The truth, the half truth, and nothing closely resembling the truth. The Higgins Appeal.
If you watch any legal procedural on TV, you’ve heard the words that you swear before taking the stand, “Do you swear that the evidence you shall give to the court in this matter shall be the truth, the whole truth, and nothing but the truth.” This is a story of anything but the truth.
The sad thing about newspapers today, is for the most part, they don’t have the resources to tell the full story. A legal appeal on a federal lawsuit might get a short mention, if any at all, and usually as part of another related story. The days of having reporters sit through entire trials only come with sensational cases, not the ones where one local businessman is railroaded by the feds after he unknowingly helped the FBI in a sting operation.
Full disclosure- Brian Higgins is a good friend of mine and former client. I’ve known him since 2008 and did work for him starting in 2010. I knew about some of the things as they happened, and found out more once Brian shared his discovery with me (this is not supposed to happen). It was through the discovery- and personal accounts from Brian and other friends, that I pieced together much of what happened, and how former Dayton City Commissioner Joey D. Williams became an FBI confidential human source on 10/02/2015- and was allowed to stand for re-election in 2017 with an agreement to step down if re-elected (which he did in 2018). This is real election fraud, and the kind no one is talking about (although George Santos may become a poster child for that term.)
The trial of Brian Higgins was more about what Judge Thomas Rose let into evidence and what the jury was allowed to be told, than what was really going on. The jury never knew that Brian Higgins introduced the FBI informant, Mike Marshall to Dayton City Commissioner Joey D. Williams and Dayton business and technical assistance administrator Roshawn Winburn so that the four of them could go into the demolition business and make a fortune tearing down the blight of Dayton. The jury never knew that Marshall and Higgins weren’t just citizen and contractor ripping off an insurance company, that they were working together to make themselves rich. Context matters. Anyone can play a secretly recorded 10 second clip over and over in court, and without knowing the whole back story, it can have a very different interpretation.
And Judge Rose made sure the jury not only didn’t know any of that, but, at every turn, handicapped Higgins from getting a fair trial. At least, that’s why the University of Michigan Law School Federal Appellate Litigation Clinic has stepped in to appeal Rose’s mishandling of this case, which ended up sending Higgins to prison for three years.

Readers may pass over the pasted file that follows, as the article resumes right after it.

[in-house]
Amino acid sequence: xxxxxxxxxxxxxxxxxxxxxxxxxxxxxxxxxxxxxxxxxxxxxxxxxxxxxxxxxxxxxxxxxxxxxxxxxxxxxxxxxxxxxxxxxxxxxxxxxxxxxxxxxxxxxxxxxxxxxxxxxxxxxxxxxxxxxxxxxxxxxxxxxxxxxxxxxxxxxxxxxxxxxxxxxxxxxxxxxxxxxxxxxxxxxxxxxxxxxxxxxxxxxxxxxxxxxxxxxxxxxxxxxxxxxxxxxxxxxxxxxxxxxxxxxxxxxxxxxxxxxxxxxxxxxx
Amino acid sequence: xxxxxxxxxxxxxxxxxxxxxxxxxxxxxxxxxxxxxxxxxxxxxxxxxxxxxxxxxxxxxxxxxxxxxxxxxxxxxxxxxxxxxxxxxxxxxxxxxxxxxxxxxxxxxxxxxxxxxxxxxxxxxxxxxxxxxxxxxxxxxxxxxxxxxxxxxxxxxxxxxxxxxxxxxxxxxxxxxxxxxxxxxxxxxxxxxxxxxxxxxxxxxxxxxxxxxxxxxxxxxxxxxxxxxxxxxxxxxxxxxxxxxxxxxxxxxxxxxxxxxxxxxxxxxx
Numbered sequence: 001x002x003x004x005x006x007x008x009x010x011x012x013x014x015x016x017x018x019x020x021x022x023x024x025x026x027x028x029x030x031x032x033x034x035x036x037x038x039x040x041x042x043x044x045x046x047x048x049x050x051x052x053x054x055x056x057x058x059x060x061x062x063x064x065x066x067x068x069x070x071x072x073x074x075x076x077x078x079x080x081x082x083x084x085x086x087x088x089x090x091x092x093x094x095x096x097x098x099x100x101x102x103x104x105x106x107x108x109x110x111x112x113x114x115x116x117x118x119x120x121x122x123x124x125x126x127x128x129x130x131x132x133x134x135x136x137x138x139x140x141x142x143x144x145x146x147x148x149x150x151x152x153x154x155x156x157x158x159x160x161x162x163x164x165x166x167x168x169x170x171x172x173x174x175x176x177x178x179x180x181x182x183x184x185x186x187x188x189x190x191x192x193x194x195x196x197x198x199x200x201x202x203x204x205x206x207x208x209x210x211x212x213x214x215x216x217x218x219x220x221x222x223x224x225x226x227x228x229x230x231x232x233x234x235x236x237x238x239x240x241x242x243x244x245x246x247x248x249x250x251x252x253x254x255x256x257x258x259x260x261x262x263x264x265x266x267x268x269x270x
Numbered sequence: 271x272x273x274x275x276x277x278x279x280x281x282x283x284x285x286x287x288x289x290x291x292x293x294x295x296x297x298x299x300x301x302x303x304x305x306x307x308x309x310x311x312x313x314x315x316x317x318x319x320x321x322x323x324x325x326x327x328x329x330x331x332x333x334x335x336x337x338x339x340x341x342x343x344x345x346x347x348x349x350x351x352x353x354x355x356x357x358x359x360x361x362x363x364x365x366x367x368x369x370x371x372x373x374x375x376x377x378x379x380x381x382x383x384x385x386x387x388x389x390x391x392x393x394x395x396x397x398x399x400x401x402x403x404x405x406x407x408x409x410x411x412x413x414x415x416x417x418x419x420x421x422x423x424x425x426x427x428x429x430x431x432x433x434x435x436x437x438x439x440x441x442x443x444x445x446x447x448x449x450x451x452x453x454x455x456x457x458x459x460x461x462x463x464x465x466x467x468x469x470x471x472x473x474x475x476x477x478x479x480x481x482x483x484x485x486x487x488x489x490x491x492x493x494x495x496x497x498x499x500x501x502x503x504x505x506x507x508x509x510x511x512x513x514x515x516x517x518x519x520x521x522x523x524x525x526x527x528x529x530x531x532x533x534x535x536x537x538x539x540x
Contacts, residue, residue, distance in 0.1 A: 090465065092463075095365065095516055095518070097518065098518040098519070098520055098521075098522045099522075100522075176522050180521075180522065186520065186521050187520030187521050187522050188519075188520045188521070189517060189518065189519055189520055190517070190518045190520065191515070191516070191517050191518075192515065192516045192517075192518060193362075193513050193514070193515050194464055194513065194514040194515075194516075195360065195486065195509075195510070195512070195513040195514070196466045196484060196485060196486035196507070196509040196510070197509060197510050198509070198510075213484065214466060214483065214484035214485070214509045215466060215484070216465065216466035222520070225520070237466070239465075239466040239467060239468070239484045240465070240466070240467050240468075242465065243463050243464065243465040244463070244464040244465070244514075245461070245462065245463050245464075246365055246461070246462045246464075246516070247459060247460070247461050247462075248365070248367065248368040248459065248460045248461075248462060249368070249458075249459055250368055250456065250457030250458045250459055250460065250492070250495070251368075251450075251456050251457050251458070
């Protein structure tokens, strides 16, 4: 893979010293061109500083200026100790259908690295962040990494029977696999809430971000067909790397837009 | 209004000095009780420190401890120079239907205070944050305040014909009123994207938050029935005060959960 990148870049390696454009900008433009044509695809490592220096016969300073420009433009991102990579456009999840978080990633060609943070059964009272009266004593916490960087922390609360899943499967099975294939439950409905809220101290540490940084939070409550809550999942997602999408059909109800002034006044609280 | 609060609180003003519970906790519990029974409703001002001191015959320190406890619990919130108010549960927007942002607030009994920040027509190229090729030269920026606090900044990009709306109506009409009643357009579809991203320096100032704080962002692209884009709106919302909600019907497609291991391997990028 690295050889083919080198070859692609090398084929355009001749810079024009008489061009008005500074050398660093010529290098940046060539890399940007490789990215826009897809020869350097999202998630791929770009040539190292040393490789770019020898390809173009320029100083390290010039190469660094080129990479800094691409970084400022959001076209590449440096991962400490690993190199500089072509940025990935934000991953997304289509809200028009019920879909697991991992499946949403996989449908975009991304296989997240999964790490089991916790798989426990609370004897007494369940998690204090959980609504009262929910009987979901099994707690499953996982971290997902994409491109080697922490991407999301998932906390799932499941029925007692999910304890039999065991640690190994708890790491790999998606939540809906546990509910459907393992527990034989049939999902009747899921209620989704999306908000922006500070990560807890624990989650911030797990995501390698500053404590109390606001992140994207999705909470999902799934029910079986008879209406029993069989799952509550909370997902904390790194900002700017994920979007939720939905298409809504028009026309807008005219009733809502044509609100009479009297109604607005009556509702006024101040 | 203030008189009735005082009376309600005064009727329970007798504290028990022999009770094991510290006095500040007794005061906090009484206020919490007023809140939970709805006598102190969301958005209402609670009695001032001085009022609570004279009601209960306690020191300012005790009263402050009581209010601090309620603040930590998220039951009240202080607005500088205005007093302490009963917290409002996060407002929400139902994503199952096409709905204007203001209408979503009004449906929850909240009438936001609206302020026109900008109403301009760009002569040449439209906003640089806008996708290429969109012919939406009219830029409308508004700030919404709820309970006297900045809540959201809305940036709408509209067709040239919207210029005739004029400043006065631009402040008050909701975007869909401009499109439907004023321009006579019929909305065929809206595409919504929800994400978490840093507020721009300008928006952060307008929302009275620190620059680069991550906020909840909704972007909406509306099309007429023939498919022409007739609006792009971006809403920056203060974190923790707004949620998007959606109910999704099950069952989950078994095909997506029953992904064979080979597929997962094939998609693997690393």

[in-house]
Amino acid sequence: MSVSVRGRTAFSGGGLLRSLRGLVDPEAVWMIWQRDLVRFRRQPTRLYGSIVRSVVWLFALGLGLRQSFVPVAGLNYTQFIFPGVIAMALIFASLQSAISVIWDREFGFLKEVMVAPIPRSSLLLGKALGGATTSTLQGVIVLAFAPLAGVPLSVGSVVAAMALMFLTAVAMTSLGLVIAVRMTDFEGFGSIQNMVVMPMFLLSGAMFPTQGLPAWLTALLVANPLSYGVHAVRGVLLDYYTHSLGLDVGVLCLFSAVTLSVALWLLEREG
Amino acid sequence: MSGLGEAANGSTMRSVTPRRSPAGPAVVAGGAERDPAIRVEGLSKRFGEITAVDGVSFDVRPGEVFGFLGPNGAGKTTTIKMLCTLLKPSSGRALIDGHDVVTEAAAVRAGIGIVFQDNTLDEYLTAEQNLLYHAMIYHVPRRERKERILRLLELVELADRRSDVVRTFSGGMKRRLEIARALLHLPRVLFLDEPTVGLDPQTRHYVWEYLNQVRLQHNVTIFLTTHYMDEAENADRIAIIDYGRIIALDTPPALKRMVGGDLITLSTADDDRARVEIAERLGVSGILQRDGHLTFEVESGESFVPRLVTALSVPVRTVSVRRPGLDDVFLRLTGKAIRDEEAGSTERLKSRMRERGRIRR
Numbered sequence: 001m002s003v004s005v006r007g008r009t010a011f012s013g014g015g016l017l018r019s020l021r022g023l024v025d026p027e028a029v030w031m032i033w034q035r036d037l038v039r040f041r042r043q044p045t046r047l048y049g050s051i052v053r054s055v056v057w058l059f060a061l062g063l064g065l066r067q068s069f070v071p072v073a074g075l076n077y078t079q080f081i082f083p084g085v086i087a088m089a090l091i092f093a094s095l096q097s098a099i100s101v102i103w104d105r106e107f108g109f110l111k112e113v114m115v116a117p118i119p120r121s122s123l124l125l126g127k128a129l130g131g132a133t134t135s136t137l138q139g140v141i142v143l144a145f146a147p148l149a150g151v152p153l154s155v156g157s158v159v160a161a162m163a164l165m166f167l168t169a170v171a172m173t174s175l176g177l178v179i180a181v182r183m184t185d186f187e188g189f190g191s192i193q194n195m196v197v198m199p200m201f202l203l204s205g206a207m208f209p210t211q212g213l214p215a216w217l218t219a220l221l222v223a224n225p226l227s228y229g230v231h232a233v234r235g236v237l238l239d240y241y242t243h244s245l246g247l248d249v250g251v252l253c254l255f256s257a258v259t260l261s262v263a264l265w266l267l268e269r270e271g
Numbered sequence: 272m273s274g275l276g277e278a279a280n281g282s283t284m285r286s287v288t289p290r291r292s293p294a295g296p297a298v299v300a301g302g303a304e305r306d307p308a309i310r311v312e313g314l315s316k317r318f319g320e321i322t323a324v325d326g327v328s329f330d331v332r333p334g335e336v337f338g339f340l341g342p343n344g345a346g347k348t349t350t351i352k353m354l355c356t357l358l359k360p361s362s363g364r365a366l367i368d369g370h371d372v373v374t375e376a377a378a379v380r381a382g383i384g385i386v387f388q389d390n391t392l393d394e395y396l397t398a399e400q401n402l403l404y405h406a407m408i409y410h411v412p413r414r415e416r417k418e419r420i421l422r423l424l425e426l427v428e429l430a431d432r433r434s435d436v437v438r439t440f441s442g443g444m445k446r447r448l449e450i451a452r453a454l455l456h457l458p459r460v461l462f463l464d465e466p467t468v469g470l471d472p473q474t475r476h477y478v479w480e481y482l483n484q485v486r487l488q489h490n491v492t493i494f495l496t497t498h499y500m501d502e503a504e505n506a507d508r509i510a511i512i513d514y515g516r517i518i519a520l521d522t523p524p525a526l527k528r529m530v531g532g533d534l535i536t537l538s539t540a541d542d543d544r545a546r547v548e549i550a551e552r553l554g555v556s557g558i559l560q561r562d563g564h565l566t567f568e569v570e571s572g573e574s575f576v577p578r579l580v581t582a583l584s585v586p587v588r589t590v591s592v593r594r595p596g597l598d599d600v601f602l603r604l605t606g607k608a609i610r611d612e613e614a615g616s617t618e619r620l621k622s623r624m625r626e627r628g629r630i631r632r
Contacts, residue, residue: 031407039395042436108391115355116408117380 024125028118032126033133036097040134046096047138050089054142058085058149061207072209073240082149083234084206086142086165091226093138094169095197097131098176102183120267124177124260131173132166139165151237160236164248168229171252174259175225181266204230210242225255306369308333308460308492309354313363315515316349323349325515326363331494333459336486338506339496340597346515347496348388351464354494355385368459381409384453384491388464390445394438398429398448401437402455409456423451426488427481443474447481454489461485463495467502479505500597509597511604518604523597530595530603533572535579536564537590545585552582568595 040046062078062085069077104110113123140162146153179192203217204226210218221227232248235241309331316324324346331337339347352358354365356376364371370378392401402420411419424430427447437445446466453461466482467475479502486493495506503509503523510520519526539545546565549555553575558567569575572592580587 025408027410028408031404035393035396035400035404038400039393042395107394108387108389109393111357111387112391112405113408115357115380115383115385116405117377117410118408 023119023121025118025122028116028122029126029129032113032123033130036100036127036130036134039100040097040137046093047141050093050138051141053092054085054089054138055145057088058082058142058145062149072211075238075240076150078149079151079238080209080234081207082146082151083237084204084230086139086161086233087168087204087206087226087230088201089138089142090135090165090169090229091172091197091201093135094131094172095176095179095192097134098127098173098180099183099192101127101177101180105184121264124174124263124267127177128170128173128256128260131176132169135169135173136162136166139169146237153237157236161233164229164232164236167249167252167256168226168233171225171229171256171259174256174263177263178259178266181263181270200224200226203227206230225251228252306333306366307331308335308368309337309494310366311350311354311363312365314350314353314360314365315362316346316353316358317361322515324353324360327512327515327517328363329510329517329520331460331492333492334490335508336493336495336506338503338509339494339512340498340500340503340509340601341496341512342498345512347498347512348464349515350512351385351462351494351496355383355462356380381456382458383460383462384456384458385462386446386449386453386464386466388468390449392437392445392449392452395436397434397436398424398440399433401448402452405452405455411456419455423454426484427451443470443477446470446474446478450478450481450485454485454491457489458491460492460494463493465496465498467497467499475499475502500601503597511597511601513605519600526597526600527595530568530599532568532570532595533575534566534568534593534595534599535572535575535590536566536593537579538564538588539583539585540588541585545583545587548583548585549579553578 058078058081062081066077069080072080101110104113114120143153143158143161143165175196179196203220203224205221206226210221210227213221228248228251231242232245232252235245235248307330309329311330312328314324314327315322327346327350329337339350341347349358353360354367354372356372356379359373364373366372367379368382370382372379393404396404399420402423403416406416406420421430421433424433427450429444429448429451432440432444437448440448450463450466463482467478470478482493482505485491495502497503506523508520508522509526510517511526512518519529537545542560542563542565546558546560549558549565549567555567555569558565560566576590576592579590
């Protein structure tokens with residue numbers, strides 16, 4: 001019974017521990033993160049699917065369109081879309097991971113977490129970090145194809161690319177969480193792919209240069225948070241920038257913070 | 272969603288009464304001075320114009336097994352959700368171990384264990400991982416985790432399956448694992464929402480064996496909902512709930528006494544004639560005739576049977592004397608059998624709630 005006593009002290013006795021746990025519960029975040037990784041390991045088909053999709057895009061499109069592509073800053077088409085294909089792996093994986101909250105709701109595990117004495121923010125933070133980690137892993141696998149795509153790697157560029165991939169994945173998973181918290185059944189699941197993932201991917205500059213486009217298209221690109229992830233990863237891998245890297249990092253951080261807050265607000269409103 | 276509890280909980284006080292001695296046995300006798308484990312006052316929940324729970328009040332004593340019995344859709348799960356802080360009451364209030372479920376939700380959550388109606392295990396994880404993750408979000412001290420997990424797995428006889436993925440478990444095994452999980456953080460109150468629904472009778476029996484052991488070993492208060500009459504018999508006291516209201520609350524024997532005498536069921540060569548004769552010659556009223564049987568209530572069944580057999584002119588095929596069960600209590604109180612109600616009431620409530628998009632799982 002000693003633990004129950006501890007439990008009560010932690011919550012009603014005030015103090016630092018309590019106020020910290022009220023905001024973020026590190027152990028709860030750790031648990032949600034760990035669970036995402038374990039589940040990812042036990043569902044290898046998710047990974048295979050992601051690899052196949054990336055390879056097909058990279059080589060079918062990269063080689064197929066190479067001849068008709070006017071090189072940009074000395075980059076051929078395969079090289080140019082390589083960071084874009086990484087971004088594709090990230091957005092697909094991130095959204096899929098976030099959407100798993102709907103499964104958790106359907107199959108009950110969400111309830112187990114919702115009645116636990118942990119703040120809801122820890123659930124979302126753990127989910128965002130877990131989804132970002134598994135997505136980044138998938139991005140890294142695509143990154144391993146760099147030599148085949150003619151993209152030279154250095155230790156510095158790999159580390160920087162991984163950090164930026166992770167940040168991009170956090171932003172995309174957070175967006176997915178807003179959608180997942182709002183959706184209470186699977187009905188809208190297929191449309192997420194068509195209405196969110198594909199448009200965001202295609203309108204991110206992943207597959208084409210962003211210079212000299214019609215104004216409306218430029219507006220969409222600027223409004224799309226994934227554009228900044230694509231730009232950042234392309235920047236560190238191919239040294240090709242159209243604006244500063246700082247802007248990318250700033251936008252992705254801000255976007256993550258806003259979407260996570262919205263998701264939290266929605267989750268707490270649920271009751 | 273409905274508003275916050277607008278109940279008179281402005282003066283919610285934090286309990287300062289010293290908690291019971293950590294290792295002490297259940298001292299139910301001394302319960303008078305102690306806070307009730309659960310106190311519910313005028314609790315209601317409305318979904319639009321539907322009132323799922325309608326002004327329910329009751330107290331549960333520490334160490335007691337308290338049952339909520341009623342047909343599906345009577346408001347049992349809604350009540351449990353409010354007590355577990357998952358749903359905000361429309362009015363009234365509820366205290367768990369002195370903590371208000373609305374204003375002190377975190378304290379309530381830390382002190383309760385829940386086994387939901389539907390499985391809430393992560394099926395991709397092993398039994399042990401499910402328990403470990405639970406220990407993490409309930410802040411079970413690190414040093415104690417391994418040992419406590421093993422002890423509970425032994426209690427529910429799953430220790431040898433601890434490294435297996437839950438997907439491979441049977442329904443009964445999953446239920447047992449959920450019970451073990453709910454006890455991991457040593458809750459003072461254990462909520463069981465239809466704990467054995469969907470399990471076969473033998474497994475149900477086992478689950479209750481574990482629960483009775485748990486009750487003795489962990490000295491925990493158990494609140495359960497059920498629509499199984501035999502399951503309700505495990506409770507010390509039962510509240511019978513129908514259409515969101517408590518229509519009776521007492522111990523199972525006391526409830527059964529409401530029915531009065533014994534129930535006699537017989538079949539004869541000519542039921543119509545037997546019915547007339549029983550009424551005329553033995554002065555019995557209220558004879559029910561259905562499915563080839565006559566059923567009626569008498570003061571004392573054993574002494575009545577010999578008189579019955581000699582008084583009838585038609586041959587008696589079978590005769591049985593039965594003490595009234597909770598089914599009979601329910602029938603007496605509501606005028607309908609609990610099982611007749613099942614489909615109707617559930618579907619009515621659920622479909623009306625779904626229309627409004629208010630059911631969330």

Unfortunately, appeals are mostly limited to what was in the trial, not what was edited out. This makes reversing a decision even harder. A local attorney who specializes in appeals told me that less than 2% of cases get overturned/reversed. That’s usually why appeals don’t make big news in the paper, that, and they take forever to resolve. In the meantime, the person convicted, often stays in prison (Higgins was recently transferred from the Federal Pen in Colorado to Terre Haute Indiana) while waiting for judges to act.
What makes this case newsworthy is who is filing the appeal. The UM law school only picks a few cases a year to try, and they look for ones that are legally significant. In this case, much of it has to do with the critically important level of support offered to an indigent client facing the full force and unlimited resources of the Federal Government. Our legal system has a foundational principle of “if you cannot afford one, a lawyer will be provided to represent you.”
The case, Gideon v. Wainwright, 372 U.S. 335, was In 1963, in a unanimous decision, the Supreme Court established that the Fourteenth Amendment creates a right for criminal defendants who cannot pay for their own lawyers to have the state appoint attorneys on their behalf.https://supreme.justia.com/cases/federal/us/372/335/
In the Higgins case, which was made more complicated by the Judge and the Fed’s maneuvering to keep their complicity in the matter (the Federal sting) away from the jury (which was uncharacteristically all white) there were several key lapses in judgement made by Rose- a jurist well past his prime and more than ready to be put out to pasture. Internal fights in the Federal Courthouse have his massive portrait in his own courtroom looking over his shoulder, sitting by itself, instead of in the main courtroom with the other judges. Word is senior local jurist, Walter H Rice, won’t let it be there- and since the whole building is named after Rice (which is somewhat odd, because he’s still alive) what he says goes, goes.
The UM students make 6 claims of where Rose went wrong, without ever getting to use any of the information that I’ve shared with you about the bigger picture in the case.